Background: We performed counselling for prenatal diagnosis (PD) of haemoglobinopathies in 372 couples. Thirty-four out of 372 (9.1%) did not undergo PD: six due to spontaneous abortion; nine because it was too difficult to make a decision if PD was positive; 18 because counselling excluded the carrier status of one or both parents; and one because parental mutations were mild.
Methods: Eleven out of 338 (3.3%) couples underwent PD because they had a thalassaemic child; 106 (31.4%) were found to be at high risk during pre-conceptional screening; 221 (65.4%) because of familiarity. Of 523 PDs in 486 (92.9%), including six dichorionic twin pregnancies, PD was performed on DNA from chorionic villi (CV), and in 37 from amniocytes (7.1%). In 1/523 cases, PD was not completed because DNA from CV was not sufficient; in two cases single tandem repeat analysis revealed maternal contamination of foetal DNA; in 7/522 (1.3%) cases PD revealed non-paternity. In 435/522 (83.3%) cases, PD was performed using reverse dot-blot and ARMS; 34/522 (6.5%) required sequencing. In 53/522 (10.2%) cases it was necessary to test globin loci for large rearrangements.
Results: One hundred and twenty out of 522 (23.0%) PDs revealed an affected foetus. In all but two cases the couple interrupted pregnancy. In the six twin pregnancies PD revealed a normal and a carrier foetus (two cases), carrier status in both foetuses (two cases) and a carrier and an affected foetus (two cases). In these latter cases the couple planned selective interruption.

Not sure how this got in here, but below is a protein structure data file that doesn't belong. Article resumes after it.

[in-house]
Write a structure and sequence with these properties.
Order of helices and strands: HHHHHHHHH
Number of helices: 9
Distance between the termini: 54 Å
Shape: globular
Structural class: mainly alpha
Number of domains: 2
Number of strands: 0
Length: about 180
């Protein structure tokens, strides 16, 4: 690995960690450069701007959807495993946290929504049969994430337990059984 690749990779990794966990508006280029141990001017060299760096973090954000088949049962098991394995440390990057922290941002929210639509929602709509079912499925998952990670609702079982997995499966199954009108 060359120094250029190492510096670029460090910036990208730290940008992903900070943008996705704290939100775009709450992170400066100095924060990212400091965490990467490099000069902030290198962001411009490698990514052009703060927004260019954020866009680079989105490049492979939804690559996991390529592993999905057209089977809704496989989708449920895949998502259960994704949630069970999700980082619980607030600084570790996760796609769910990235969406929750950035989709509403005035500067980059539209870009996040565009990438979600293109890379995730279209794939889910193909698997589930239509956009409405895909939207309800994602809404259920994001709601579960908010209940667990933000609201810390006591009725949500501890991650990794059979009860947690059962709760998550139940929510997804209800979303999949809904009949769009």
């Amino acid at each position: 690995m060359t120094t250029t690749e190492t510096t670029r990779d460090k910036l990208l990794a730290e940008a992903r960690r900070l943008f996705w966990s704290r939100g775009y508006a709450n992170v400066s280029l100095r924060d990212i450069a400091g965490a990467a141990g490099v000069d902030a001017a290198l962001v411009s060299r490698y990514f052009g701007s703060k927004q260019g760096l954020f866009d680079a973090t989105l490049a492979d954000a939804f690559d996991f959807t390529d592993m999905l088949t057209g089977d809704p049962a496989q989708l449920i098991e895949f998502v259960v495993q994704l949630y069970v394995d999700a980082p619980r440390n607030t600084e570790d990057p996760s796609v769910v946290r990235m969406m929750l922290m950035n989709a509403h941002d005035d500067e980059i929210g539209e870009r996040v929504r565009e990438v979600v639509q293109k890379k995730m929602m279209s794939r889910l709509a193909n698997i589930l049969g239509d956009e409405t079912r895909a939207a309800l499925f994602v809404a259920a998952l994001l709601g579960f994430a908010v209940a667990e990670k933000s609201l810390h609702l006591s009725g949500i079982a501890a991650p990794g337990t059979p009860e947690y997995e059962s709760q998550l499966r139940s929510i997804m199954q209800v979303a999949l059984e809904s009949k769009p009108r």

Conclusions: Our PD procedure is successful and reliable, and is useful in high-risk areas characterised by molecular heterogeneity.
Gastroenteropancreatic neuroendocrine tumours (GEP-NETs) are a heterogeneous group of tumours. An effective diagnosis requires a multimodal approach that combines evaluation of clinical symptoms, hormonelevels, radiological and nuclear imaging, and histological confirmation. Imaging plays a critical role in NETs diagnosis, prognosis and management, so the radiologists are important members of the multidisciplinary team. During diagnostic work-up two critical issues are present: firstly the need to identify tumor presence and secondly to define the primary site and assess regional and distant metastases.
The most appropriate imaging technique depends on the type of neuroendocrine tumour and the availability of specialized imaging techniques and expertise. There is no general consensus on the most efficient imaging pathway, reflecting the challenge in reliably detection of these tumours.